End of road for shoe shop af­ter 23 years


Wexford People - - NEWS - By DAVID TUCKER

MCK­EON’S shoe shop is clos­ing down af­ter 23 years in Wex­ford.

The shop’s owner, Wolf­gang Sch­nittger, said seven mem­bers of staff were los­ing their jobs as a re­sult of the clo­sure of the Main Street shop, which he blamed on the re­ces­sion, on­line com­pe­ti­tion and ‘an un­help­ful county coun­cil’.

‘The clo­sure is no re­flec­tion on the staff, they have been bril­liant,’ Mr Sch­nittger told this news­pa­per. ‘The pri­mary rea­son for the clo­sure is the re­ces­sion, from which the shop’s turnover did not pick up enough to cover the costs, cheap on­line com­pe­ti­tion and €10,000 a year in rates.

‘Our staff have been bril­liant and the land­lord cut his rent. Every­body helped ex­cept Wex­ford County Coun­cil which has been ex­tremely un­help­ful. We tried to rent the first floor which is va­cant and get a rates abate­ment, but they said we couldn’t do that and needed a sec­ond val­u­a­tion.’

Mr Sch­nittger said he went to the val­u­a­tion of­fice in Dublin and was given an on-the-spot val­u­a­tion. How­ever, the coun­cil told him ‘that wasn’t good enough’ and they would have to come down to do a val­u­a­tion.

‘I did my best to find a ten­ant, but at all times the to­tal rates bill of €10,000, €4,000 for the va­cant part, was al­ways a threat to the busi­ness.. in fact in­stead of cut­ting our rates, they went up slightly,’ he said.

‘Un­for­tu­nately seven peo­ple are go­ing to lose their jobs.

‘It’s the last thing we would have wanted.’ Asked whether a cut in the rates would have helped the busi­ness sur­vive, Mr Sch­nittger said ‘it would have def­i­nitely al­lowed us to con­tinue for a lit­tle longer.

‘Rates are a fun­da­men­tal prob­lem for small in­de­pen­dent busi­nesses, com­pet­ing against on­line re­tail­ers who keep their stock in ware­houses and pay much lower rates, en­dent busi­ness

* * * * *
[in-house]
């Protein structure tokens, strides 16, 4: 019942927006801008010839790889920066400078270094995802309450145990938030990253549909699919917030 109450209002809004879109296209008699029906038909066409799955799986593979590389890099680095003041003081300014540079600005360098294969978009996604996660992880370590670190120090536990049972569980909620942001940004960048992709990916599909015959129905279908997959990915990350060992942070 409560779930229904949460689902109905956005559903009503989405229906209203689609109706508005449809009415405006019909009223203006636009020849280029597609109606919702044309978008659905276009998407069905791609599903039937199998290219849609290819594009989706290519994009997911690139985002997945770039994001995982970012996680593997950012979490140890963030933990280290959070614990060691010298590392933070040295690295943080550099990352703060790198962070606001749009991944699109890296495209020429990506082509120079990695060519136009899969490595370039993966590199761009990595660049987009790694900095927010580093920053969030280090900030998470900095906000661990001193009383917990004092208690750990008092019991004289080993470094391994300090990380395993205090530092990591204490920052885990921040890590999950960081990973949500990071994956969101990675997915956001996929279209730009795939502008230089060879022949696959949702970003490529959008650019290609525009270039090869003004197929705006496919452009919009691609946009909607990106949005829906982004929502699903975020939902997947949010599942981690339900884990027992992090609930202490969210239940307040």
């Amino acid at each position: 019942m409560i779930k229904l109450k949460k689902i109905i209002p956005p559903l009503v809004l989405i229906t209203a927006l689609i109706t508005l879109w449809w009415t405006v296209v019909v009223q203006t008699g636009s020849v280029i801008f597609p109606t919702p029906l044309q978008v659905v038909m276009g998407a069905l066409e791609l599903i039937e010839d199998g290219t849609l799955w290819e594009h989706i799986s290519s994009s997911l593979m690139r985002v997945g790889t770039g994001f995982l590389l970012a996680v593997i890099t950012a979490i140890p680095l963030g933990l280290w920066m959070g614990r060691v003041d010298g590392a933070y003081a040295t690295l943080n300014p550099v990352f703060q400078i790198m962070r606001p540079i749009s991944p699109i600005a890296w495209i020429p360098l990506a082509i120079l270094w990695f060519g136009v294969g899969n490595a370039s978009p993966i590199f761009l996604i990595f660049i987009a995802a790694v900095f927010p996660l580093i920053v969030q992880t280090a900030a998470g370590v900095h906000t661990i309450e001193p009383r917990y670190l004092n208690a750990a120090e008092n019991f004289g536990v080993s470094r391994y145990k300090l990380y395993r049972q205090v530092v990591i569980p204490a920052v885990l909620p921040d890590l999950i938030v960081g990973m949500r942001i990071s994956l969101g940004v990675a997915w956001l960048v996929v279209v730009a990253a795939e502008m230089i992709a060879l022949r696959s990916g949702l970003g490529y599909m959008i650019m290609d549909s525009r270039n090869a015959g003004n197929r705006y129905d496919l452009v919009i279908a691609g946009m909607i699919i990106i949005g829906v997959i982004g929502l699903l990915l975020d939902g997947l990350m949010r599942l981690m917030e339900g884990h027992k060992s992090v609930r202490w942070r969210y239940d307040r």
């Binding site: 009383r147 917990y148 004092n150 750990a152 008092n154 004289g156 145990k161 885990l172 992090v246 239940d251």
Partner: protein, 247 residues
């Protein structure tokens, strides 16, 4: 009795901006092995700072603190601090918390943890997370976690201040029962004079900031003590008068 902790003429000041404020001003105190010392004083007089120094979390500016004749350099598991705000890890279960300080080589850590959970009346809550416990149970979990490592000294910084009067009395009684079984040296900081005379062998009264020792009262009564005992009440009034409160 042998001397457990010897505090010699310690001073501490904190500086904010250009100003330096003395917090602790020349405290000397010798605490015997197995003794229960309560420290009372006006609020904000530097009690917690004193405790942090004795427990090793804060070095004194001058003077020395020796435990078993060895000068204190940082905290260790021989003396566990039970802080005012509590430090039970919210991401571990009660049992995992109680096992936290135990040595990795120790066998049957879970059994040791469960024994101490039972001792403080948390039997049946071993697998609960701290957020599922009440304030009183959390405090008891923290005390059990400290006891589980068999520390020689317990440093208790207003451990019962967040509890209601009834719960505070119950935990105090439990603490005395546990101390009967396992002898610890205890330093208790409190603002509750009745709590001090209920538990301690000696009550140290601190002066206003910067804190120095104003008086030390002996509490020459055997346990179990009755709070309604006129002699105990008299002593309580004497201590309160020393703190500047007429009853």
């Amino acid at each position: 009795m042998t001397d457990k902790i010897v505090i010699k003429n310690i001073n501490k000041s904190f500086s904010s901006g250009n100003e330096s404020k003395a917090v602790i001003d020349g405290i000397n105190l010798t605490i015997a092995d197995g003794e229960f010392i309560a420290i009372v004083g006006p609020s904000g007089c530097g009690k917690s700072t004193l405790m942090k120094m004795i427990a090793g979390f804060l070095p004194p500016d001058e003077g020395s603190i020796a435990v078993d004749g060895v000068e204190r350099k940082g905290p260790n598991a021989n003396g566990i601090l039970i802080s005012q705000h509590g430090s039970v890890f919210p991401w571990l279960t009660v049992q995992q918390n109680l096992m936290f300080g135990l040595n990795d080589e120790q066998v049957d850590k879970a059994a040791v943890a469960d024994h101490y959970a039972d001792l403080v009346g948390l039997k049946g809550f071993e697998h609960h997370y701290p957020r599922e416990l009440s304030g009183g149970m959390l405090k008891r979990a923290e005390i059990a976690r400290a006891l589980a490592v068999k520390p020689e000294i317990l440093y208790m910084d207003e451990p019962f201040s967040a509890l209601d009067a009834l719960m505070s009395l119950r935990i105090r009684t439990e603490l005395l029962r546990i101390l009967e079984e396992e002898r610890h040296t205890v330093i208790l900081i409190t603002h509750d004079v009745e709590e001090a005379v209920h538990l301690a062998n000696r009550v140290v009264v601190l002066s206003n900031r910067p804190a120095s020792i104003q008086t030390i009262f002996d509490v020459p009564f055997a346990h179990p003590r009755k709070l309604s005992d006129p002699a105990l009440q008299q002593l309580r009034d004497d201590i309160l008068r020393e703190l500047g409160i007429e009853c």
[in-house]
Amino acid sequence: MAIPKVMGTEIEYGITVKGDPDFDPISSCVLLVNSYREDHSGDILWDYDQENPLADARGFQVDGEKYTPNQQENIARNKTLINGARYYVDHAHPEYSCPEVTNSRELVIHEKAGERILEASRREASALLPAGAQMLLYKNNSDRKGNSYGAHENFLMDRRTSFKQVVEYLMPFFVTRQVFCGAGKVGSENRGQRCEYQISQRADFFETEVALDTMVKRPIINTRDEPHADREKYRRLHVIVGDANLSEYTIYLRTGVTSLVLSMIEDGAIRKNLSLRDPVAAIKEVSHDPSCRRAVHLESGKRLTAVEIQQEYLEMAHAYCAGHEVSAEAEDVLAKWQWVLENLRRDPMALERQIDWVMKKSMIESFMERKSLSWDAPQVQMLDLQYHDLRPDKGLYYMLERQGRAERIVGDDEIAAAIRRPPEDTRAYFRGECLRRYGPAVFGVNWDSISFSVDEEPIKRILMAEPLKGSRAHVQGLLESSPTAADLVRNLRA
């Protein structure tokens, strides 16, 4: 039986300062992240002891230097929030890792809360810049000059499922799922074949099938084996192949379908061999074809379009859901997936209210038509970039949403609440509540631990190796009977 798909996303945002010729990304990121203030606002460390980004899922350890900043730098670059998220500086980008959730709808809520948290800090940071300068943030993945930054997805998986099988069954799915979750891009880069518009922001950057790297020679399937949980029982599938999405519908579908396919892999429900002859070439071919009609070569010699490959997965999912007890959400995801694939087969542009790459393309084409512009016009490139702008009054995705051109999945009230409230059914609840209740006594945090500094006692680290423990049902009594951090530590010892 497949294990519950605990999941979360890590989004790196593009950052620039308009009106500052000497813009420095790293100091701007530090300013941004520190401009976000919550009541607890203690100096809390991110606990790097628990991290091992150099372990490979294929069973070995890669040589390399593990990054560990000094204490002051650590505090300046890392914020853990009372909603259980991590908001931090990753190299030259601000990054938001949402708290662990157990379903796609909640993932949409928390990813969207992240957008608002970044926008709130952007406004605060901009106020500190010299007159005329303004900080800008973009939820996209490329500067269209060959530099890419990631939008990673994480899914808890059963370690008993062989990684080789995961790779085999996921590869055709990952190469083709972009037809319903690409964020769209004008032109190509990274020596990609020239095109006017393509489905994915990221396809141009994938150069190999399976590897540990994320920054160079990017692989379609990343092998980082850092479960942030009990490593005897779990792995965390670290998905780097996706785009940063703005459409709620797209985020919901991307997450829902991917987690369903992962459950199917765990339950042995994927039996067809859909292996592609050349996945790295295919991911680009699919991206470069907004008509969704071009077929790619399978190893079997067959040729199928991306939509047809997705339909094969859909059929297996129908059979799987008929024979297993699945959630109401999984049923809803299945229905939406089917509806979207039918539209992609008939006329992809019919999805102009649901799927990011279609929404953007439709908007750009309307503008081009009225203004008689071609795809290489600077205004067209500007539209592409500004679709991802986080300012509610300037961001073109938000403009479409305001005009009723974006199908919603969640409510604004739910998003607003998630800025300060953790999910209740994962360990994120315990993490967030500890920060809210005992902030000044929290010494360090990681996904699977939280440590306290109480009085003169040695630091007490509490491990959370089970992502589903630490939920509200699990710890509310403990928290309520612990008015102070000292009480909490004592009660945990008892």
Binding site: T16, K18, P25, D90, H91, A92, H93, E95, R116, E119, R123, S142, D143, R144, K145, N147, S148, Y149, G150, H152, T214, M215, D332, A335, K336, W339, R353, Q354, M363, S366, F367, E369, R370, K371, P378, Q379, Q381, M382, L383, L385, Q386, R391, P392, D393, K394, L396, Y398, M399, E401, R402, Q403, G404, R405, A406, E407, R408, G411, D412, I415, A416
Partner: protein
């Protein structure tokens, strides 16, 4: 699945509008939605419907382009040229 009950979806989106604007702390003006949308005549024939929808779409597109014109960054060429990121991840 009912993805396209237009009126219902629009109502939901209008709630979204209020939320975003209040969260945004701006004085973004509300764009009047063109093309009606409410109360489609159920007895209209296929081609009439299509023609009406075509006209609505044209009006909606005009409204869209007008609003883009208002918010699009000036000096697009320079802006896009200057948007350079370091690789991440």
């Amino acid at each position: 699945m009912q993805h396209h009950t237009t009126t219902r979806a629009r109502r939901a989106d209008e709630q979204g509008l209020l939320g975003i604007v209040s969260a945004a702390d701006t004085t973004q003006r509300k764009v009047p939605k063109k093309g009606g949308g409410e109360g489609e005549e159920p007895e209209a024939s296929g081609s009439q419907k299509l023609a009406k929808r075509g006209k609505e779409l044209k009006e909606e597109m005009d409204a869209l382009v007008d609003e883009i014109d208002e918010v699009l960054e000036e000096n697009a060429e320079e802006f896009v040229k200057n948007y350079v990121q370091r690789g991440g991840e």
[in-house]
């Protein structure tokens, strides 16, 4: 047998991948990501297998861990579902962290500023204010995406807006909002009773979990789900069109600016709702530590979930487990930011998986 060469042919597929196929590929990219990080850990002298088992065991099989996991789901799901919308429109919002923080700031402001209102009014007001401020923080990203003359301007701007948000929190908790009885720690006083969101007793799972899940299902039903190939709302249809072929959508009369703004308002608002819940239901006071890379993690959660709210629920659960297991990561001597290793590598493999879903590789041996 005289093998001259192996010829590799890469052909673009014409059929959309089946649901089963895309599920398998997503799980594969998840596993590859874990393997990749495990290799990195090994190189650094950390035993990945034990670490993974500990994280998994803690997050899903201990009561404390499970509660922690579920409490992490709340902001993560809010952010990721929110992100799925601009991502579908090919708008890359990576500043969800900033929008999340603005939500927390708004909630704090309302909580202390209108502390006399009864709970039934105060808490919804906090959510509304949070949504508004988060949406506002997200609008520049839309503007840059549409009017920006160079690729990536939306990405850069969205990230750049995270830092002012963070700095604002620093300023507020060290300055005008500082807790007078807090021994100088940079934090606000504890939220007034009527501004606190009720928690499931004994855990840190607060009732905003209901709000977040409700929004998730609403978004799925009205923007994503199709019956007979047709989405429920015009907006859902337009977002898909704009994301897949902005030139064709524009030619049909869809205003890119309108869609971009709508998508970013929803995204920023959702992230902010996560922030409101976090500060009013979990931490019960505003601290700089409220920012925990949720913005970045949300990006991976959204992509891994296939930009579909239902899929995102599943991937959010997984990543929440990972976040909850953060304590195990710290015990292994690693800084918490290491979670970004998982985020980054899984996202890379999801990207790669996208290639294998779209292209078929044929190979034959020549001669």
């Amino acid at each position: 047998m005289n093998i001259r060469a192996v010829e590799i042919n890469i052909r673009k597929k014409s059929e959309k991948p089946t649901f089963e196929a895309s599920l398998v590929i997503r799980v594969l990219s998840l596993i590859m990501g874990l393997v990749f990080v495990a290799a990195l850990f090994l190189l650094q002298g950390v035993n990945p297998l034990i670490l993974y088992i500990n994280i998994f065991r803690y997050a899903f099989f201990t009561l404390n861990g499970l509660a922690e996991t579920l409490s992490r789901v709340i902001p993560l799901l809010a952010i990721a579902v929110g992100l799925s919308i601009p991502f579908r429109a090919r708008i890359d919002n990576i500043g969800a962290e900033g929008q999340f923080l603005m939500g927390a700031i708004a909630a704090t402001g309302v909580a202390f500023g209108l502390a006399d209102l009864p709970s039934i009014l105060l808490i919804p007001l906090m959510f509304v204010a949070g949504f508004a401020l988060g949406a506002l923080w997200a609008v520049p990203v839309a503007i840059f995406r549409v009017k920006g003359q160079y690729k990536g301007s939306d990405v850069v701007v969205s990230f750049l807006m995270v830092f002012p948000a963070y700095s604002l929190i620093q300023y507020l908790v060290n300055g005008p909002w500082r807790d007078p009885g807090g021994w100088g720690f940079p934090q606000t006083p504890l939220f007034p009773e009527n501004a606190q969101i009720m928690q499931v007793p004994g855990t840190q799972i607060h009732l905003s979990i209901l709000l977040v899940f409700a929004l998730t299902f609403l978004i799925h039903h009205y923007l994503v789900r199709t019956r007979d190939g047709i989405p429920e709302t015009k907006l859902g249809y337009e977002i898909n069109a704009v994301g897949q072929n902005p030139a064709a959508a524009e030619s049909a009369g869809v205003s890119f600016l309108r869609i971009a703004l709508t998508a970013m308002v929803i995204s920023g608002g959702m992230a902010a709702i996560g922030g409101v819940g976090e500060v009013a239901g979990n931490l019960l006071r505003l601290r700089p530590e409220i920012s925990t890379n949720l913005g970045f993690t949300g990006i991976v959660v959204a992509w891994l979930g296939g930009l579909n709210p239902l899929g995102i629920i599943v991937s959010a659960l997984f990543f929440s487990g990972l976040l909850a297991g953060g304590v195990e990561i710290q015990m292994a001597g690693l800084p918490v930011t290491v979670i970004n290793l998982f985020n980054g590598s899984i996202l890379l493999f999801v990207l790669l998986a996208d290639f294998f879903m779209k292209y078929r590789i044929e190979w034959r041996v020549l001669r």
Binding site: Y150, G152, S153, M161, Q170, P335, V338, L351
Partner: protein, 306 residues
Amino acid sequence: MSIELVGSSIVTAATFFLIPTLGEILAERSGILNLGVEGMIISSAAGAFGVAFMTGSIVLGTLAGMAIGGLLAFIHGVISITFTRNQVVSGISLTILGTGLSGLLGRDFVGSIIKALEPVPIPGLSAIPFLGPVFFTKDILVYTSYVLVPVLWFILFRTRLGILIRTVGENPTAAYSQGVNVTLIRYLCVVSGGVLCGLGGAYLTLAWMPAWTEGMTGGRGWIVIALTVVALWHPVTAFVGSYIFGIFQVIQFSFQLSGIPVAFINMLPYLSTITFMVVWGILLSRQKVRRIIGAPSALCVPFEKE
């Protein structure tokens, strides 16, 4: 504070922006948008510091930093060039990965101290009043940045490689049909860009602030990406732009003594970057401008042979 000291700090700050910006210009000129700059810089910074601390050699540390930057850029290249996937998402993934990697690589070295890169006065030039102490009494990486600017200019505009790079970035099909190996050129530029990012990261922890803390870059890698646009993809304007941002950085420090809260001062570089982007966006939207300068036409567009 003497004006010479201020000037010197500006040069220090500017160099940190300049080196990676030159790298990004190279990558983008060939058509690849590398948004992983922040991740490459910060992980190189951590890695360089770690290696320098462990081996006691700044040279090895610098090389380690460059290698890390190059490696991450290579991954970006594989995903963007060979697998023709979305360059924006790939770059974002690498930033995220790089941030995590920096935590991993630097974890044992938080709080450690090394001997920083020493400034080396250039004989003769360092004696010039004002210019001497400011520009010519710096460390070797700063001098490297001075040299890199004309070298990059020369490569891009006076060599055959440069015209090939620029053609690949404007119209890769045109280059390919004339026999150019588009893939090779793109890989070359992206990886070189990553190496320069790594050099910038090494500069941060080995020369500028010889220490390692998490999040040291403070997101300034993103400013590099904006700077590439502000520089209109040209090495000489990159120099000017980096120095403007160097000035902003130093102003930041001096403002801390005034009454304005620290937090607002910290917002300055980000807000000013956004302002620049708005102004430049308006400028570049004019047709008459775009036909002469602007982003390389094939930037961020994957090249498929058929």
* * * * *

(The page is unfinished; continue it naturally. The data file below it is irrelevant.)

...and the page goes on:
‘We lost 40 per cent of our trade in the rec­s­sion and it just never came back.. we used to sell a lot of good qaual­ity children’s shows from €40 up­wards and now peo­ple are buy­ing from the ALDIs and LIDLs and Dunnes and you can’t re­ally blame them.. the fu­ture of the high street is the mul­ti­ples,’ he said.

Mr Sch­nittger said he ex­pected McK­eon’s to fi­nally close it doors by Christ­mas.

McK­eon’s, which used to be owned by well-known Kilkenny busi­ness­man Ge­orge Far­rar, was al­ways a tra­di­tional shoe shop, far re­moved from the dis­count shoe stores which pop up selling no-name brands in towns through­out Ire­land.

When times were good, women vis­it­ing Wex­ford for a week­end away would of­ten buy four or five pairs of ex­pen­sive shoes at a time dur­ing shop­ping trips to McK­eon’s.

‘The cus­tomer who would have bought sev­eral pairs of good shoes at a time is now only buy­ing one pair,’ out­go­ing man­ager Jac­inta Har­ti­gan, who has been with McK­eon’s since it opened in Wex­ford in 1994, said some time ago in a por­tent of the shape of things to come.

Madeleine Quirke, CEO of Wex­ford Cham­ber, said ‘It is al­ways sad to see any shop on the Main Street clos­ing down for what­ever the rea­son.

‘I would like to say thank you to the staff who have re­ally been part of the fam­ily shop­ping ex­pe­ri­ence here in Wex­ford.

‘You will be missed by every­body,’ she said.

Peo­ple queu­ing out­side McK­eon’s fol­low­ing news that it is clos­ing.

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